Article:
Sanjay Kumar, the former chief executive of CA, has been ordered to pay more than US$1bn (£500m) in compensation to victims of securities fraud he committed while at the company.
CA has already repaid $225m (£112.3m) of that amount to a victim's fund, while Kumar must pay $52m (£26m) in the next 18 months, Judge Leo Glasser ordered.
Glasser also released Kumar from an $8m (£4m) fine imposed in November while he is making restitution. Kumar was sentenced to 12 years in prison after pleading guilty to obstruction of justice and securities fraud charges.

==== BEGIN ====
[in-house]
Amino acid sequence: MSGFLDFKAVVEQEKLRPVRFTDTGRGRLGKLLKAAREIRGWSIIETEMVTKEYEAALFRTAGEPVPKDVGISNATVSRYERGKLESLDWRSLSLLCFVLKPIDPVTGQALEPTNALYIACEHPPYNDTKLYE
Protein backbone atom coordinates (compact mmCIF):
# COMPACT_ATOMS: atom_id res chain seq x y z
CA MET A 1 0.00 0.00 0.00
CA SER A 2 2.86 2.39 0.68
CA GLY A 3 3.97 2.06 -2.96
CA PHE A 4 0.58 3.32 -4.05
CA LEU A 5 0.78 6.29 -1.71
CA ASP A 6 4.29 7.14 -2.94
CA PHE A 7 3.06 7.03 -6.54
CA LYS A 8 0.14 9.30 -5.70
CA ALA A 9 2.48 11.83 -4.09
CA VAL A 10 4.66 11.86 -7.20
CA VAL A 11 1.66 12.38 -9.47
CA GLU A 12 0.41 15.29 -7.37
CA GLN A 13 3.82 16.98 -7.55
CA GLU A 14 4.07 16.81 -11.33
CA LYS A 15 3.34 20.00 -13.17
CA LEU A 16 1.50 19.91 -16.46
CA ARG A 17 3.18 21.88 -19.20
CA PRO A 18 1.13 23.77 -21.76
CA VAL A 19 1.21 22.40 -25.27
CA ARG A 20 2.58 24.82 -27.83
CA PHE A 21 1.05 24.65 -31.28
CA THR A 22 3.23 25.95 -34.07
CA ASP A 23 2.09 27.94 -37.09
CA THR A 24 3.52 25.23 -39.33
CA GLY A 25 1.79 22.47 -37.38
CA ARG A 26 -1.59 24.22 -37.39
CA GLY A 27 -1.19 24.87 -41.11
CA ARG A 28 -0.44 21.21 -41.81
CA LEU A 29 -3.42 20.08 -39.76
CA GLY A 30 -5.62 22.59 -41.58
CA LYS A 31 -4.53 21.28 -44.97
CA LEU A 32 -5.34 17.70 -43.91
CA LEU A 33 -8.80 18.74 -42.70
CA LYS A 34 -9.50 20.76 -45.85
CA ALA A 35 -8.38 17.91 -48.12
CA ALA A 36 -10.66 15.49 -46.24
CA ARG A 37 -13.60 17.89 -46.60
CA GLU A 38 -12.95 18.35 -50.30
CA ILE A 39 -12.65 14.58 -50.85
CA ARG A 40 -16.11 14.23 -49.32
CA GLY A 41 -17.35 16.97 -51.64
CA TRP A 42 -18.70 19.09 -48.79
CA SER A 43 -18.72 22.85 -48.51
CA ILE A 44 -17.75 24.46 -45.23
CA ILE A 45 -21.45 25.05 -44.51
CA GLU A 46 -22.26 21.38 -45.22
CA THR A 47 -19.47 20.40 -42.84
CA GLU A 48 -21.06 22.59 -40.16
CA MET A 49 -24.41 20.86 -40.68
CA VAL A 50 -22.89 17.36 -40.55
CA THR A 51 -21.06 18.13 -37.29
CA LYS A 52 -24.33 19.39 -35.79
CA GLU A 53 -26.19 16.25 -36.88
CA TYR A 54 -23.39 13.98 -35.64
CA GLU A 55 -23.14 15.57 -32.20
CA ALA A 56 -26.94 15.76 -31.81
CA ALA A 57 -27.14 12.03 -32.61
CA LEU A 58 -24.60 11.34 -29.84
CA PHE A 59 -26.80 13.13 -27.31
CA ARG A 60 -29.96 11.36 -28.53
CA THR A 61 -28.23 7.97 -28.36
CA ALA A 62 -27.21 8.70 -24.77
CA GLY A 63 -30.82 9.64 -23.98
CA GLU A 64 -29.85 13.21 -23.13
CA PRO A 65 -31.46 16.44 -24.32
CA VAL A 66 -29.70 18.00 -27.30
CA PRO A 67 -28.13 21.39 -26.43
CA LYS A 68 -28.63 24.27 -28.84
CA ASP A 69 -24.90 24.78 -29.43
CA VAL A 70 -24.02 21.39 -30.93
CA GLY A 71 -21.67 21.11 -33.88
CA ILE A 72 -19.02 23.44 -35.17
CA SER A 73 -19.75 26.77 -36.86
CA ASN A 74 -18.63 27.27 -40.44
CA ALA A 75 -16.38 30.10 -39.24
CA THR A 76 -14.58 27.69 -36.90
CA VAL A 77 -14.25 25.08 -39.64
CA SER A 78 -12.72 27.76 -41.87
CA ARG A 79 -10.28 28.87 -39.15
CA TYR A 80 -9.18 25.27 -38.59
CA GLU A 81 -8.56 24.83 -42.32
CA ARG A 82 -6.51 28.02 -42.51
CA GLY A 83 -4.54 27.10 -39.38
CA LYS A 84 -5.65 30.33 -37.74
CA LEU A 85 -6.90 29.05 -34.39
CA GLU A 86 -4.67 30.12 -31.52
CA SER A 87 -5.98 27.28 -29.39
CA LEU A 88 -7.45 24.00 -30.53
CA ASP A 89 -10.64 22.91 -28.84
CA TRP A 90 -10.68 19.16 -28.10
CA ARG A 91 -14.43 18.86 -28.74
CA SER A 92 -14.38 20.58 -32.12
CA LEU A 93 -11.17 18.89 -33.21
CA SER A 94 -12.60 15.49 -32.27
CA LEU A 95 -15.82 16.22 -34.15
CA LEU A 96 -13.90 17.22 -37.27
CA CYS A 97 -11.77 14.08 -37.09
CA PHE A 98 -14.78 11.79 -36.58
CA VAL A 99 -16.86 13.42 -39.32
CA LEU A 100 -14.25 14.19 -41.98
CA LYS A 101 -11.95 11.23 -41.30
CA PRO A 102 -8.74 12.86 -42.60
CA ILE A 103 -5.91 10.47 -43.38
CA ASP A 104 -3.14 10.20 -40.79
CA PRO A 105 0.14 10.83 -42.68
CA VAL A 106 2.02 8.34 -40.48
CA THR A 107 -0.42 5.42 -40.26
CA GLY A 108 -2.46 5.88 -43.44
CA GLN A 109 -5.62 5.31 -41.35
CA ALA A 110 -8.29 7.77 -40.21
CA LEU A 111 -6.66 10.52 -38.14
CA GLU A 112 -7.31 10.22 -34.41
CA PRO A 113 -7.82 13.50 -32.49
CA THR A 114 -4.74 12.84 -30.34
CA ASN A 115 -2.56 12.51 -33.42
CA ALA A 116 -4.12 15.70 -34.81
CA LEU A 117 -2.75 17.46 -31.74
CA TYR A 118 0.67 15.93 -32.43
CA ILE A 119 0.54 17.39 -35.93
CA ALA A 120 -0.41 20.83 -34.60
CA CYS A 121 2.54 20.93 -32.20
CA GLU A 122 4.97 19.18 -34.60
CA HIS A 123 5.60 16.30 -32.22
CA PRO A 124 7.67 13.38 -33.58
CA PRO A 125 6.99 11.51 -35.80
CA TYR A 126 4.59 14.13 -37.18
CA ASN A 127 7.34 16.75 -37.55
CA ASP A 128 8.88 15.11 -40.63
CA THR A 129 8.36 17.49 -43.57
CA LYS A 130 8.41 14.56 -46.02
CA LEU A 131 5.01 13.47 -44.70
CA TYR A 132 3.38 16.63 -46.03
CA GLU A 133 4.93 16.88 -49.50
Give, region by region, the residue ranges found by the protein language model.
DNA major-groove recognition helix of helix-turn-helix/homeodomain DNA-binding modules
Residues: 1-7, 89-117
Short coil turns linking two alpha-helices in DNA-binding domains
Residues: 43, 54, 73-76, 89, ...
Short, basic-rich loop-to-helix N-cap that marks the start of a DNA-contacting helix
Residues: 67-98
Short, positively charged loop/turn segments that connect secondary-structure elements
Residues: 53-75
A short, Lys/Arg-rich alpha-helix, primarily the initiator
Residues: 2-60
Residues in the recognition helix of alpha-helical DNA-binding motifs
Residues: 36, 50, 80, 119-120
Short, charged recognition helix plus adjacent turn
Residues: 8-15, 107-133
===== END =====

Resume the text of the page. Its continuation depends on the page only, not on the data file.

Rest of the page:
After his prison sentence is completed, Kumar must pay 20% of his income each year toward the remaining $746m (£373m) in restitution, Glasser ordered.
Kumar and Stephen Richards, the company's former worldwide sales head, both pleaded guilty after they were accused of fraudulent accounting practices, including falsely reporting hundreds of millions of dollars in revenue for licensing agreements during fiscal quarters in which the deals had not yet been finalised.
In early 2000, CA signed a $44.5m (£22m) licence deal with a nearly insolvent customer in which it had an ownership stake, according to court records. It then back-dated the contract so it could be recorded in the prior quarter. In the next quarter, CA reversed the revenue in its internal records but did not publicly restate its results.
The company also changed its name -- during the time Kumar was at the helm it was called Computer Associates International.